This type of thing cannot be implemented as a policy (though a policy helps) — it is born out of culture, one that values performance over face-time and control. This type of culture can be built in two ways. First, you have to share stories and celebrate people who take advantage of the opportunities — not pretend they are an exception. Second, leaders and managers have to role model the change. No one will ever work remotely if they see their manager in the office 24/7.
Managers can also go a step further and ask their team questions like:
What is one thing we can do to make your work-life less stressful?
What is a small thing we can do that would have a big impact on your performance and success here?
Millennials are the least compensated, most indebted and have the least vacation of any employees in your company. Often the responses you will get will be simple — working remotely on a Friday to start a summer weekend, being able to take an early call from home in the morning or maybe just working from home so you can make some healthy meals for yourself. Who knows, but why not ask?
3. VOICE: Rethinking top-down
Everyone in your organization is thinking things that they do not feel safe sharing. This is true at google as much as it is anywhere else.
The way to overcome this is to re-think how information flows in your organization. Instead of top-down, you have to create the opportunity for information to flow bottom-up and peer to peer.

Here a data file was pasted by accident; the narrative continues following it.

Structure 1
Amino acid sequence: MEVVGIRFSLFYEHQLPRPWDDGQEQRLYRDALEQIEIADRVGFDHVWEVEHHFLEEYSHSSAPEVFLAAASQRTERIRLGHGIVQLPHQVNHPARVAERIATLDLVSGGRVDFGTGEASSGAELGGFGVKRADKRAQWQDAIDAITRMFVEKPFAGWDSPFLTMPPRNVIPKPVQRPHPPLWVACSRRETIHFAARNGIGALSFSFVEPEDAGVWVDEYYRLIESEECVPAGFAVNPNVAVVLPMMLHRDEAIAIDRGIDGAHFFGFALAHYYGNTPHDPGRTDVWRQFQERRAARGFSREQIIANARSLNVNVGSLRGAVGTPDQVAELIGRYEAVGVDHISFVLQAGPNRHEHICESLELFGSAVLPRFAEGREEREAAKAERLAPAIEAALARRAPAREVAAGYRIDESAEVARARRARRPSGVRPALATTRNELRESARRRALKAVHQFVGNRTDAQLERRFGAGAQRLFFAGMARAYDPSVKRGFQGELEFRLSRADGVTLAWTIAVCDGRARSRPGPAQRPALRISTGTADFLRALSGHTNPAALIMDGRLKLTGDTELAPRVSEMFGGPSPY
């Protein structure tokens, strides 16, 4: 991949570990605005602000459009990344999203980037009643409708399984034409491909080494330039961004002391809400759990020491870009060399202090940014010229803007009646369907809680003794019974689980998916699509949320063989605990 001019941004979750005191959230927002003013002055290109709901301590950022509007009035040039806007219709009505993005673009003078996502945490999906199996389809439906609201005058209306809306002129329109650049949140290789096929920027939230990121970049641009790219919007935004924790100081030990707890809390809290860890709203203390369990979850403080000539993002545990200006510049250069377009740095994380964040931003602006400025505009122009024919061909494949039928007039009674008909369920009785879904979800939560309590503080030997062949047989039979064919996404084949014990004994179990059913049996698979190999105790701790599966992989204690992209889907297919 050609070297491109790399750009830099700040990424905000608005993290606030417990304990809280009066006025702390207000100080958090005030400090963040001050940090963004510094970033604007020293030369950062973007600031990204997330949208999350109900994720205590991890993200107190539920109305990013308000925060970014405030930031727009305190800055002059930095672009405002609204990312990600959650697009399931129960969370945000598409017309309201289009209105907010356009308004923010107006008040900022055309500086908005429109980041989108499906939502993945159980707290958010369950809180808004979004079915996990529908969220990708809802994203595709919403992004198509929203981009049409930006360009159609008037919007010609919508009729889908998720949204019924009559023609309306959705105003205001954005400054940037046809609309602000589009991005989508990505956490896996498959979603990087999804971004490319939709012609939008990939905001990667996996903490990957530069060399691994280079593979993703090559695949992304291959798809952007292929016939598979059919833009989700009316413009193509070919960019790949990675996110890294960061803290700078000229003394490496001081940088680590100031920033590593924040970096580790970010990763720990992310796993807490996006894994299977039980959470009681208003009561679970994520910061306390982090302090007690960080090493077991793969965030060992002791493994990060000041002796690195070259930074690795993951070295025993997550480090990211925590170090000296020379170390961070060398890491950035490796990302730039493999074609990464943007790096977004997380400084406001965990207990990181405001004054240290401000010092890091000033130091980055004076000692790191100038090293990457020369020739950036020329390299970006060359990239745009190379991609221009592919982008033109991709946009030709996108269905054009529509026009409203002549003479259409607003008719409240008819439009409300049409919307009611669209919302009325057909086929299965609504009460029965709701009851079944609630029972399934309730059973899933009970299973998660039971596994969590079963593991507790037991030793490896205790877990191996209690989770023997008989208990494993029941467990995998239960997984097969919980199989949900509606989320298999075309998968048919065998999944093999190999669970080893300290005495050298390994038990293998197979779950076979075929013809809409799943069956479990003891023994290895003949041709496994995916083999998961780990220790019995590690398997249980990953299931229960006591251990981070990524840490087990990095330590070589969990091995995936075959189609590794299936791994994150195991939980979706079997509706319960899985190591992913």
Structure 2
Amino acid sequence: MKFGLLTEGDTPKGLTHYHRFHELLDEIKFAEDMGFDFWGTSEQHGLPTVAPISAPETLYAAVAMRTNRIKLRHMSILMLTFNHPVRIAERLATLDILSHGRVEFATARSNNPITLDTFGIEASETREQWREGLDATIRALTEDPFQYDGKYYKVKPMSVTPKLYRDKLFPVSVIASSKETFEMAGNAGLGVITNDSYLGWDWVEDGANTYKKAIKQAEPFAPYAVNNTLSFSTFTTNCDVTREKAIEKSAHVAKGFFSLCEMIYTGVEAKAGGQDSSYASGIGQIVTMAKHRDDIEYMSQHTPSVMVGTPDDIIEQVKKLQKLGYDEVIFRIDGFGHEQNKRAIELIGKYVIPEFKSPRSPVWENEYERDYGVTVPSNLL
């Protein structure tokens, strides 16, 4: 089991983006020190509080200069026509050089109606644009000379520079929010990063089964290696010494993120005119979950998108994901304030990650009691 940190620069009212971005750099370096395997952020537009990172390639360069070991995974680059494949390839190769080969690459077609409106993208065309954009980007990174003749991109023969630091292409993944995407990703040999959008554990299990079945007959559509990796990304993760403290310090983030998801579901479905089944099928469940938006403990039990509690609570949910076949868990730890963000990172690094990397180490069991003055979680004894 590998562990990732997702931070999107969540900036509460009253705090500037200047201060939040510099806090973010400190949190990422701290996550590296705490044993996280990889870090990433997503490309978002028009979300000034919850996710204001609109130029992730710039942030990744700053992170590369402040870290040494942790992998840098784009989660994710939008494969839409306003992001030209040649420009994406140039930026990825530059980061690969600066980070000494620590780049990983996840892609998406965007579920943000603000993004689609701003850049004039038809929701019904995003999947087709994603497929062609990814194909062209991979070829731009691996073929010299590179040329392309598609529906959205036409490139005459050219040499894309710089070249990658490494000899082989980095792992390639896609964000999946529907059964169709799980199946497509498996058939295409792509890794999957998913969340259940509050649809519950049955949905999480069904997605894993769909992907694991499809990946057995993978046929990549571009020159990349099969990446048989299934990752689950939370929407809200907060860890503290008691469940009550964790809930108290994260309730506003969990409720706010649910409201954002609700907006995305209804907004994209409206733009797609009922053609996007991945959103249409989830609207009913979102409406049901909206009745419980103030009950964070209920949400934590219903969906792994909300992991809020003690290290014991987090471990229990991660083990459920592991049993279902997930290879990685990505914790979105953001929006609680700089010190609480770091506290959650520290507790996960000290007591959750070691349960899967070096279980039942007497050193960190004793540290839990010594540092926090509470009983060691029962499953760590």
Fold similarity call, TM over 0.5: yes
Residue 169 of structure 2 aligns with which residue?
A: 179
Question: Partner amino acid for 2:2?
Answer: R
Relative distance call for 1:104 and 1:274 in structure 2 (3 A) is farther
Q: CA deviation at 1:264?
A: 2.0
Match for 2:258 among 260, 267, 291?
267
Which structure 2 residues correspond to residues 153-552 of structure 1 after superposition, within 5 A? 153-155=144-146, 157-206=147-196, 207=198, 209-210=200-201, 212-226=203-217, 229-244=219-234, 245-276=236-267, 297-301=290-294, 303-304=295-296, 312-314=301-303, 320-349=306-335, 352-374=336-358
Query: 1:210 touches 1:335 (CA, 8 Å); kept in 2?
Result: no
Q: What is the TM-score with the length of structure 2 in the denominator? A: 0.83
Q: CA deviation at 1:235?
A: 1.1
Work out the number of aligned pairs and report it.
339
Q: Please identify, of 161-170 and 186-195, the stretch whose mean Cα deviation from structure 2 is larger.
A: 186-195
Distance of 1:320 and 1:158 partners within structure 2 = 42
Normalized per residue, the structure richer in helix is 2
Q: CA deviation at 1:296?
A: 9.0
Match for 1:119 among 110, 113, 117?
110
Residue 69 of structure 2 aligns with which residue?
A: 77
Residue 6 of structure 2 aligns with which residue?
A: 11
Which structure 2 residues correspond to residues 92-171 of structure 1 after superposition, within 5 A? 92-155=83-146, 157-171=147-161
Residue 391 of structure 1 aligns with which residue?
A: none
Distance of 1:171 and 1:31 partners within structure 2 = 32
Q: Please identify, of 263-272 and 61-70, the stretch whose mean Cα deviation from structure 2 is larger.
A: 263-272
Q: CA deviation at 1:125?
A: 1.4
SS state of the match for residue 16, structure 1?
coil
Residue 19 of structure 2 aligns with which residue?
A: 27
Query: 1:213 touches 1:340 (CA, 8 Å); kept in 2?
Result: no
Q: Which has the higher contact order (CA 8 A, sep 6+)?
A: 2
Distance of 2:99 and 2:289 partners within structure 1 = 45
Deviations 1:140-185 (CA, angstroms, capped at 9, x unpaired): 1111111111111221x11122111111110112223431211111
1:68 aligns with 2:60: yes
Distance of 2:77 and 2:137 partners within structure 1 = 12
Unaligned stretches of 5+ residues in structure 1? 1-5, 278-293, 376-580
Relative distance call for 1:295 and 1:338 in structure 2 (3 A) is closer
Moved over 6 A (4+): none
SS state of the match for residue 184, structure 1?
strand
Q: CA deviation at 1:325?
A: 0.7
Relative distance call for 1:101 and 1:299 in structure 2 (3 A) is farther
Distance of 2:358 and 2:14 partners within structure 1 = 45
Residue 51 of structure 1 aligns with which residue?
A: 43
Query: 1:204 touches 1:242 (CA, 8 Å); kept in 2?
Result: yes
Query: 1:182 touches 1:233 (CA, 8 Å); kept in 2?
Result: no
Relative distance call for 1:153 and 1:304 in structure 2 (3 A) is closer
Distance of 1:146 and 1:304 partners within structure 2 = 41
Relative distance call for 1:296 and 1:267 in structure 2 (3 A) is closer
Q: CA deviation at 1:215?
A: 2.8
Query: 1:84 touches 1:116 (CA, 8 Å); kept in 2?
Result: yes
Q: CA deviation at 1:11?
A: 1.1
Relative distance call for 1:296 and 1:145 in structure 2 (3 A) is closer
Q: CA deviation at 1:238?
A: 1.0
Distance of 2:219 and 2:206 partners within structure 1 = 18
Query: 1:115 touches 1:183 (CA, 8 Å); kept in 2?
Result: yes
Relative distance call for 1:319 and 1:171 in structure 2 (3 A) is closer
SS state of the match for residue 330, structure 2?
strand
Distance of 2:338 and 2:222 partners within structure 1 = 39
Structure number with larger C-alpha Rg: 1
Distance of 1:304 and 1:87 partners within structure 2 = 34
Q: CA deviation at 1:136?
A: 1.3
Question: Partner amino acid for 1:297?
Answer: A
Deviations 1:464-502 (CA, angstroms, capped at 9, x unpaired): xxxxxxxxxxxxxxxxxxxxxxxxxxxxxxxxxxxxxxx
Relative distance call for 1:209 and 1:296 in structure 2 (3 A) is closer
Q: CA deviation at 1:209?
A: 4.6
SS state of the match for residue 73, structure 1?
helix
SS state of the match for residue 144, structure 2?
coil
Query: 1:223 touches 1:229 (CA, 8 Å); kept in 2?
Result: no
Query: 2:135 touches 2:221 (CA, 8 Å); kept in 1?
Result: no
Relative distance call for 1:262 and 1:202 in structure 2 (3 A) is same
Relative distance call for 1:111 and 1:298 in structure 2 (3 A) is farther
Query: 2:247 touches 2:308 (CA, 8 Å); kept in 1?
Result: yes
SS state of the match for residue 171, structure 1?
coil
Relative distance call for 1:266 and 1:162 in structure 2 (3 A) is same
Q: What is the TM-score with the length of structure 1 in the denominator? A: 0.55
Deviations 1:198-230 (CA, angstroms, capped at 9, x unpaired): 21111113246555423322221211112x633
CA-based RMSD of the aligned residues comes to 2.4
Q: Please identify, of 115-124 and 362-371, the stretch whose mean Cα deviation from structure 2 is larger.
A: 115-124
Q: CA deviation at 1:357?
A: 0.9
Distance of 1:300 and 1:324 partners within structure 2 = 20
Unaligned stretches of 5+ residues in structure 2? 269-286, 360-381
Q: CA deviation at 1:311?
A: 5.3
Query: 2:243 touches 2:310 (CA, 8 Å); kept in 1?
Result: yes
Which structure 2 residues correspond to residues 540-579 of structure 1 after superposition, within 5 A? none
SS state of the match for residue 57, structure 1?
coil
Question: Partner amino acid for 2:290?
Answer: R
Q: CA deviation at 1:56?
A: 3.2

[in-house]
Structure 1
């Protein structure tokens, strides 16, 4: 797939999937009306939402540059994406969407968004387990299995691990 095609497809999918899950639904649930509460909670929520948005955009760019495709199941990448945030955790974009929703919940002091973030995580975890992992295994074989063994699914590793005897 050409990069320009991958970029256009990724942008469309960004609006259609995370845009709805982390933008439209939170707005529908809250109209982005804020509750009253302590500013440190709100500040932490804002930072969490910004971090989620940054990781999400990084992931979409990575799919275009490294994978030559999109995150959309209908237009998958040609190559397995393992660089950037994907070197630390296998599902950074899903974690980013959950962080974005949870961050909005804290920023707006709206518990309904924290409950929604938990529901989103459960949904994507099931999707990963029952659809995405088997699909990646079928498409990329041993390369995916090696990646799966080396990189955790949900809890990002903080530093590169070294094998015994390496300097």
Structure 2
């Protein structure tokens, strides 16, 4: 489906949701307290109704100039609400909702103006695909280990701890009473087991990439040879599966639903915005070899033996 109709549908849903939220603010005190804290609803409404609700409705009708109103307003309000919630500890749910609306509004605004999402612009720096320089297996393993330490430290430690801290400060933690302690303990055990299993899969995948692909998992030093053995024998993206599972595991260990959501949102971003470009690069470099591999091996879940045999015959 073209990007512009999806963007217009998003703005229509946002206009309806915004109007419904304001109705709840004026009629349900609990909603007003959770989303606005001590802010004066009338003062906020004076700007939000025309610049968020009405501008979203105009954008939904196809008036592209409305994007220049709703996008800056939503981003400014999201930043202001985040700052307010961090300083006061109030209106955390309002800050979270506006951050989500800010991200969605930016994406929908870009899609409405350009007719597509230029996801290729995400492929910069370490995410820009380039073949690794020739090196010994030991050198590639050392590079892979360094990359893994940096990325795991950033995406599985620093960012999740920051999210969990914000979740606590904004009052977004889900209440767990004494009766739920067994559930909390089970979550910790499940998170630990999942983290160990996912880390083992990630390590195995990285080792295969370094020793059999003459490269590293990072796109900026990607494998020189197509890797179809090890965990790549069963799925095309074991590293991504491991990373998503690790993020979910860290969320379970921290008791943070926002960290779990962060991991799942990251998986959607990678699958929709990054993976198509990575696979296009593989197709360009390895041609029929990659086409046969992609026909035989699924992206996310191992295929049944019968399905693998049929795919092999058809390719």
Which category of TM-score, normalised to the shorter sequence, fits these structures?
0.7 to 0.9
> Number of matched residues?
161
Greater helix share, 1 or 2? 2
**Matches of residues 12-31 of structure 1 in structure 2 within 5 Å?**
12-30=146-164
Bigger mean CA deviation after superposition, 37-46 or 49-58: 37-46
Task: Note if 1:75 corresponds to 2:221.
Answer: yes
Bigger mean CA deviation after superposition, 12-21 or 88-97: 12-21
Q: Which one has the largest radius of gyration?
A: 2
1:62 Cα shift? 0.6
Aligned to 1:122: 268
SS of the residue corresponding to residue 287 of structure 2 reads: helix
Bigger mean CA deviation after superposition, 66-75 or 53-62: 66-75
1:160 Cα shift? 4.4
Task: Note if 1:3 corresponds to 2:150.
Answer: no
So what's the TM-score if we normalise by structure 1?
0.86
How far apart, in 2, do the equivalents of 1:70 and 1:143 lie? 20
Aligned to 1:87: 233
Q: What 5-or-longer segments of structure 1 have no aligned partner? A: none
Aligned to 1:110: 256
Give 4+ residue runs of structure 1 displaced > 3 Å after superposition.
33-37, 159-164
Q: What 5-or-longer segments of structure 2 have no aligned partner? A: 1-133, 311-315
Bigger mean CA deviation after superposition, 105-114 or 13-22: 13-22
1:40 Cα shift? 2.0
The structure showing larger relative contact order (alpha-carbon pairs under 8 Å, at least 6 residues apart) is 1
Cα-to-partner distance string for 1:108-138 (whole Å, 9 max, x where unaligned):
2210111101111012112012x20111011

I’ve worked at companies where the CEO or office leader would have open Q&A and also allow anonymous questions in front of the entire office. This is incredibly powerful as it gives everyone in the organization the sense that they have a voice. Most people never submit a question, they just like knowing they can.
Another way to give people a voice is to encourage teaching. I’m sure there is a Millennial that could teach some of your executives how to use technology to make their lives and work more efficient. I’m also sure there is a senior executive that could teach your Millennials about financial planning or just sharing learnings from their career. These types of interactions can break down barriers and give people a voice.
Another area is feedback. This is a sensitive topic. When I first started at McKinsey early in my career I was blown away by how open the feedback culture was. Sure, some of the feedback may have been tough to stomach, but what made it genuine was there was a two way street for sharing feedback with more senior people. In fact, I had an experience in my first week where a senior consultant asked me for feedback on what he could improve on. The experience made me realize that everyone wanted to improve and having the culture to support that was powerful.
Giving people a voice is important. Otherwise, Millennials are likely to blindly follow your orders. Surprisingly, they are more likely to follow managers’ orders than their contemporaries:
41% of Millennials “agree” or “strongly agree” that employees should do what their manager tells them vs. 30% of Boomers and Xers (link)
This is not a good dynamic. Today’s business world is changing faster than ever and it requires dynamic teams who can constantly question the status quo and continually improve. Giving people a voice will help you move the needle.